MIT Just Unveiled A Technique to Mass Produce Quantum Computers
As it turns out, diamonds may be the key to all our quantum computing dreams.
Commercial Quantum Computing
Quantum computing is, if you are not already familiar, simply put, a type of computation that uses qubits to encode data instead of the traditional bit (1s and 0s). In short, it allows for the superposition of states, which is where data can be in more than one state at a given time.
So, while traditional computing is limited to information belonging to only one or another state, quantum computing widens those limitations. As a result, more information can be encoded into a much smaller type of bit, allowing for much larger computing capacity. And, while it is still in relatively early development, many believe that quantum computing will be the basis of future technologies, advancing our computational speed beyond what we can currently imagine.
It was extremely exciting then when researchers from MIT, Harvard University, and Sandia National Laboratories unveiled a simpler way of using atomic-scale defects in diamond materials to build quantum computers in a way that could possibly allow them to be mass produced.
For this process, defects are they key. They are precisely and perfectly placed to function as qubits and hold information. Previous processes were difficult, complex, and not precise enough. This new method creates targeted defects in a much simpler manner. Experimentally, defects created were, on average, at or under 50 nanometers of the ideal locations.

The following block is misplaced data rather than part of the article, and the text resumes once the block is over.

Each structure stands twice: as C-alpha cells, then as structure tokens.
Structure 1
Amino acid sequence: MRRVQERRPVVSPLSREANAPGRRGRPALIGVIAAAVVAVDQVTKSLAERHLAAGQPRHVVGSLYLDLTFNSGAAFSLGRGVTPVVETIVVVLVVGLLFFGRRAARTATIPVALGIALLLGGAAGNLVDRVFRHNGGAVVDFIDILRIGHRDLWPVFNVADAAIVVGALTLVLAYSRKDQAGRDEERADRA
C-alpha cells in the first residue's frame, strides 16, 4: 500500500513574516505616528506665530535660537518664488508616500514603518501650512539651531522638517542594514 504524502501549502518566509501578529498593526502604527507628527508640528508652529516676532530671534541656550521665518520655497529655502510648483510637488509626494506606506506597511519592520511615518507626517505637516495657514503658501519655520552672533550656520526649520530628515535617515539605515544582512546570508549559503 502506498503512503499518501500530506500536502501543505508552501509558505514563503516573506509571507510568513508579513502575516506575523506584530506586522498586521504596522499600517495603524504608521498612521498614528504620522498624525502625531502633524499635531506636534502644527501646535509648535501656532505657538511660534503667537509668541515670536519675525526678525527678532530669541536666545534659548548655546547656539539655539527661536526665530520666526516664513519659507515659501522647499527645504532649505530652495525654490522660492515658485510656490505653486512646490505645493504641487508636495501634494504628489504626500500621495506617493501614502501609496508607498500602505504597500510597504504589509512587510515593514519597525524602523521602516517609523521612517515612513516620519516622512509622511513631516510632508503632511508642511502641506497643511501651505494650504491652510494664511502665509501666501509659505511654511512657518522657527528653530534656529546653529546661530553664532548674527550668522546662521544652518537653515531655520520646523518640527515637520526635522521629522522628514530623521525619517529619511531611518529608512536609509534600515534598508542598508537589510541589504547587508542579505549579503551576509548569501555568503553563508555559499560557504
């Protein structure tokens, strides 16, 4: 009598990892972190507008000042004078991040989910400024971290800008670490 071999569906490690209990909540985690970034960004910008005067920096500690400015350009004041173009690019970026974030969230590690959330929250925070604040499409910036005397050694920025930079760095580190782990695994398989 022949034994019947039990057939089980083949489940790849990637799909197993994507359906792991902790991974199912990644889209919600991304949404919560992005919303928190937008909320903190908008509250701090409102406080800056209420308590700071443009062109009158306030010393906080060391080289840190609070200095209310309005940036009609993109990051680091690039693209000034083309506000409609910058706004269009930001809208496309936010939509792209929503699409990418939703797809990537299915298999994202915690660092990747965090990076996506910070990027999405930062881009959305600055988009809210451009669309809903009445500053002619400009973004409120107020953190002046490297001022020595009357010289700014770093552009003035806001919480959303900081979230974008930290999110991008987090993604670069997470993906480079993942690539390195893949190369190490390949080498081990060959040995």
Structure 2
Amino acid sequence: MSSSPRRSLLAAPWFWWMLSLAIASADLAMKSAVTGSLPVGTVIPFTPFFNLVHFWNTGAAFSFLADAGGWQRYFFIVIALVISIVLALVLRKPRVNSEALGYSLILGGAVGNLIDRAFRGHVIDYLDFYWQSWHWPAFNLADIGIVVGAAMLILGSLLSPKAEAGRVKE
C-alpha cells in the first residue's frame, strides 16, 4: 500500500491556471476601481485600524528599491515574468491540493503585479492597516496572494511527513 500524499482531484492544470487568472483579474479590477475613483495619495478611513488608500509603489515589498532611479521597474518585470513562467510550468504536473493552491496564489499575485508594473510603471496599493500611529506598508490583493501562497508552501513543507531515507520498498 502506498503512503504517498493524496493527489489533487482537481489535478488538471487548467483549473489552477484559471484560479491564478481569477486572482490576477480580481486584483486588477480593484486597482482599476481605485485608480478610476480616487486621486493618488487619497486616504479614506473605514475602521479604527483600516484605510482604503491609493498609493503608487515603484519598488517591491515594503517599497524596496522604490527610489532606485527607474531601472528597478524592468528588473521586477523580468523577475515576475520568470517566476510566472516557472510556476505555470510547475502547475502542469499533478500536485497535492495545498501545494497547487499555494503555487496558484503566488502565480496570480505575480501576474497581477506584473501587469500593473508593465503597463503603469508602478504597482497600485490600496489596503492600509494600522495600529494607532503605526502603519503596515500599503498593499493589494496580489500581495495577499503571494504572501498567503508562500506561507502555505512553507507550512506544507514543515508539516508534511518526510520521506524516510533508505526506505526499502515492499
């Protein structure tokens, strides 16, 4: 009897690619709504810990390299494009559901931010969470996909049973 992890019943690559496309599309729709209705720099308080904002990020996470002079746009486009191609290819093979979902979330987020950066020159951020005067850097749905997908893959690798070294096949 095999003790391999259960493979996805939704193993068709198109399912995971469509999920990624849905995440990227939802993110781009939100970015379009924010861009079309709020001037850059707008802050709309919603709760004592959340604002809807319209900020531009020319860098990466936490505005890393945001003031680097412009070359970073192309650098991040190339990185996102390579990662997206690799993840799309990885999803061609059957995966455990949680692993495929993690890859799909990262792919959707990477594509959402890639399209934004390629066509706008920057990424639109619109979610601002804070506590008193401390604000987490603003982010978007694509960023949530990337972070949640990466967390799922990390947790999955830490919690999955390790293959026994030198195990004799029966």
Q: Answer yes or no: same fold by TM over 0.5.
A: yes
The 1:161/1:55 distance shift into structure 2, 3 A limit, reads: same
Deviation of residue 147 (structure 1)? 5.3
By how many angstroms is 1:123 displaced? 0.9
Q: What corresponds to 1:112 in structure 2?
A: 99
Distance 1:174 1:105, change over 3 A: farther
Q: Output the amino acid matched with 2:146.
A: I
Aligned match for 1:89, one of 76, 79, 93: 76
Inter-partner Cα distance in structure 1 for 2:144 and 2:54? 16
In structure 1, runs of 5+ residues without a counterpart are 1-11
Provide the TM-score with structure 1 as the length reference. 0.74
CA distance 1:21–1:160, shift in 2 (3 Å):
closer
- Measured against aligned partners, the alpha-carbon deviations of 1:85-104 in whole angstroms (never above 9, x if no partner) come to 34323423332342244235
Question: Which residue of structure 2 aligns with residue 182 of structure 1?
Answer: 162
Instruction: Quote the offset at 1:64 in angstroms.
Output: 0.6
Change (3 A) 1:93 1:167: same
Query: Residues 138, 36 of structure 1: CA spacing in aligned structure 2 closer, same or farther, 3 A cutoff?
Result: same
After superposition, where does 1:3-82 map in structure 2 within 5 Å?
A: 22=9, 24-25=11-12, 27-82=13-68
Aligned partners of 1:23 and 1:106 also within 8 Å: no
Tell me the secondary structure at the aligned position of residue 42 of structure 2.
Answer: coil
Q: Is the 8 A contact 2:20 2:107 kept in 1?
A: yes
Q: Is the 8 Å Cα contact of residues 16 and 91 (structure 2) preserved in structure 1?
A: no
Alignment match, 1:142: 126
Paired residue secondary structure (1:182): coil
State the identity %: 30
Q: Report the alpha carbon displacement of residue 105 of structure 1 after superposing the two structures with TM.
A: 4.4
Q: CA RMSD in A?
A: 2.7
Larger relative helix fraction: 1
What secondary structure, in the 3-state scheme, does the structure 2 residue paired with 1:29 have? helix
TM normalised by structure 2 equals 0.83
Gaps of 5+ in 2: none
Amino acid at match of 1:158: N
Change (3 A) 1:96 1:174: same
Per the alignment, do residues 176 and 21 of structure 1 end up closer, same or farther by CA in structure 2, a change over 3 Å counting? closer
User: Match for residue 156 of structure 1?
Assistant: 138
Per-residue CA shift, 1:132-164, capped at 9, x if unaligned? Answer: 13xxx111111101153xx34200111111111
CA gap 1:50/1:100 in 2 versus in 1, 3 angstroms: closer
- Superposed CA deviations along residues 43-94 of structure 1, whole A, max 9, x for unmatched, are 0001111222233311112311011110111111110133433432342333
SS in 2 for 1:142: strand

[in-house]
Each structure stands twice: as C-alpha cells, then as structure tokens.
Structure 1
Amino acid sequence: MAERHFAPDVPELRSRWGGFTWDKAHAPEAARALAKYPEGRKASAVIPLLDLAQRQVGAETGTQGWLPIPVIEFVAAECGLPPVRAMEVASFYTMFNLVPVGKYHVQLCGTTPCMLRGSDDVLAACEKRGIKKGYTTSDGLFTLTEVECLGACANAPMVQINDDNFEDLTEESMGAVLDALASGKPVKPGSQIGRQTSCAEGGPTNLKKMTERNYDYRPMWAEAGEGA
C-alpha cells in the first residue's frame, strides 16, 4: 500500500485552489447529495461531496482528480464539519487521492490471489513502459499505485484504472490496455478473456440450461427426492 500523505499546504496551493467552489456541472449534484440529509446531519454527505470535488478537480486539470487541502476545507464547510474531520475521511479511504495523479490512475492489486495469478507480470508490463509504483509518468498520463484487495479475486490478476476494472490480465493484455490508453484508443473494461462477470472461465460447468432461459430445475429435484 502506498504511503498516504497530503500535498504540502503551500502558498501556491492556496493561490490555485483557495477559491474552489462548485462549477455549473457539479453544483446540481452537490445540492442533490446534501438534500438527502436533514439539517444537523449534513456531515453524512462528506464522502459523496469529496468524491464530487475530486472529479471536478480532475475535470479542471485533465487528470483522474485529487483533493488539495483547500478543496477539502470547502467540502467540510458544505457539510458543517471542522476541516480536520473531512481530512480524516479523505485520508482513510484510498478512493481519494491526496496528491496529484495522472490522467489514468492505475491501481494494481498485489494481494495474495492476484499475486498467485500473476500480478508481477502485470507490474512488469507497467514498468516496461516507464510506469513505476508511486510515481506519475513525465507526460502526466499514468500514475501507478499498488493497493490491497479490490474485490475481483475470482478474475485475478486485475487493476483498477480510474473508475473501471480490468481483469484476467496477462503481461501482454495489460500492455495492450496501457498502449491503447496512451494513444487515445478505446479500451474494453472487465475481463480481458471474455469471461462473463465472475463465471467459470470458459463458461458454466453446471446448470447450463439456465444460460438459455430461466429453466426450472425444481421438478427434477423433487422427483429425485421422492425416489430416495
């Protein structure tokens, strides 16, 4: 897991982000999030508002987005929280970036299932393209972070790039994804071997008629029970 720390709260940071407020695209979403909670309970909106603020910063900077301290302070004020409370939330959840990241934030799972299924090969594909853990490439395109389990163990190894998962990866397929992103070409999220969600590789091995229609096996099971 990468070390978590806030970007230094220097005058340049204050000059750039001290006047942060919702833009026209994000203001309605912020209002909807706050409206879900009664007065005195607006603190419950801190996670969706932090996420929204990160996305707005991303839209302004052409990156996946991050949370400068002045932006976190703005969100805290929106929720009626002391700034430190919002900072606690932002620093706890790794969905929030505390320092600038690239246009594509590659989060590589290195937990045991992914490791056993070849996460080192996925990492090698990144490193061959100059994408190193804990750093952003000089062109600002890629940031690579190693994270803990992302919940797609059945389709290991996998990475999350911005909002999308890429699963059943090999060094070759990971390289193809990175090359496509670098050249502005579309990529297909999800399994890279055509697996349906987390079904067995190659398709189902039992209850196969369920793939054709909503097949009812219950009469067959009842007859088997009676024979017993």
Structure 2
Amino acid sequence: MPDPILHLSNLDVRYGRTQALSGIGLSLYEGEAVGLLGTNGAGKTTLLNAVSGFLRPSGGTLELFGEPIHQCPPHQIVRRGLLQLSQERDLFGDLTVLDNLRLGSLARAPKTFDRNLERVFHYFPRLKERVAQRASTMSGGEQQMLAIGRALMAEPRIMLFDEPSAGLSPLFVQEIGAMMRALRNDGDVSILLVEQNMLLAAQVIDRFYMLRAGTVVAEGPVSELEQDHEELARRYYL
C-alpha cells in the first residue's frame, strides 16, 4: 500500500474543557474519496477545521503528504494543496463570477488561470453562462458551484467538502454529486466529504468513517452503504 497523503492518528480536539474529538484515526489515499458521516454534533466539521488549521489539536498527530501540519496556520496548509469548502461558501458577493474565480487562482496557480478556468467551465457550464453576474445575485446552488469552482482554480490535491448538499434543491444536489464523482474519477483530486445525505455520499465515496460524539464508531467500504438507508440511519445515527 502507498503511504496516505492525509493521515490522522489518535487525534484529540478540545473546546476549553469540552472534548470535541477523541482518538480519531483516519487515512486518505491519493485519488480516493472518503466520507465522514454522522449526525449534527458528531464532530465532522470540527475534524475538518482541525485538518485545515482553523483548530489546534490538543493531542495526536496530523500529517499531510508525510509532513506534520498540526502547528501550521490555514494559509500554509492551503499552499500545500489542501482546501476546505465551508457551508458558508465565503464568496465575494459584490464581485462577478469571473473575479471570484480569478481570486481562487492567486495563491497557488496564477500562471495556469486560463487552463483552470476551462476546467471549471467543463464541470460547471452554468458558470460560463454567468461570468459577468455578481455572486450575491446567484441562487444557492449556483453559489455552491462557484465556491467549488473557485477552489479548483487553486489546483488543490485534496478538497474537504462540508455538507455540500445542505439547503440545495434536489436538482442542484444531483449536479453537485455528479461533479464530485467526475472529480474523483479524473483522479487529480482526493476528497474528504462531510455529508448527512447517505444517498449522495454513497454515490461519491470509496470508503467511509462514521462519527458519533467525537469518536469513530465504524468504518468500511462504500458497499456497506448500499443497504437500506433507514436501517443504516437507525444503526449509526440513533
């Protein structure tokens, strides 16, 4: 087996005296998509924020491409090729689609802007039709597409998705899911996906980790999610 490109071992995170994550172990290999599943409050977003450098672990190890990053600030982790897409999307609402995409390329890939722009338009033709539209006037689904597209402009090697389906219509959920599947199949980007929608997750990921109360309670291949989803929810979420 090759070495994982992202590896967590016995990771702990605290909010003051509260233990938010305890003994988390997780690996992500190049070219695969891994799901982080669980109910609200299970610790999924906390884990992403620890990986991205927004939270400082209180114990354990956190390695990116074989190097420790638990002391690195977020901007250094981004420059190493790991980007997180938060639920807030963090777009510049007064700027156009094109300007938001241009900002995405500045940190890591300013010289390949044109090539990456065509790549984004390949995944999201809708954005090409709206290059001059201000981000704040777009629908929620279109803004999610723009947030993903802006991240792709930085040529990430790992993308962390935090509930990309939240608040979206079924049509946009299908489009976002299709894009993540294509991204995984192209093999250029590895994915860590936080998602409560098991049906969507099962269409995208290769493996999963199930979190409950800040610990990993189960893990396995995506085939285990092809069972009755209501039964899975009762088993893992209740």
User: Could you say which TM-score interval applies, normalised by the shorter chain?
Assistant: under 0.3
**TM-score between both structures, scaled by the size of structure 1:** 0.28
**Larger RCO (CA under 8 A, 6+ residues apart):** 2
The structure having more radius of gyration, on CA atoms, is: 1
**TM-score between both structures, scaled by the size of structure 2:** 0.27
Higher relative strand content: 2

The significance of this cannot be overstated. “The dream scenario in quantum information processing is to make an optical circuit to shuttle photonic qubits and then position a quantum memory wherever you need it,” says Dirk Englund, an associate professor of electrical engineering and computer science, in an interview with MIT. “We’re almost there with this. These emitters are almost perfect.”
A Quantum Future
While the reality of quantum computers, let alone mass produced quantum computers, is still a bit of a ways off, this research is promising. One of the main remaining hurdles is how these computers will read the qubits. But these diamond defects aim to solve that problem because they naturally emit light, and since the light particles emitted can retain superposition, they could help to transmit information.
The research goes on to detail how the completion of these diamond materials better allowed for the amplification of the qubit information. By the end, the researchers found that the light emitted was approximately 80-90 percent as bright as possible.
If this work eventually leads to the full creation of a quantum computer, life as we know it would change irrevocably. From completely upending modern encryption methods to allowing us to solve previously “unsolvable” problems, our technology and infrastructure would never be the same. Moreover, the limitations that currently exist in how we store and transmit information would shatter, opening new opportunities for—as yet—unimaginable exploration.
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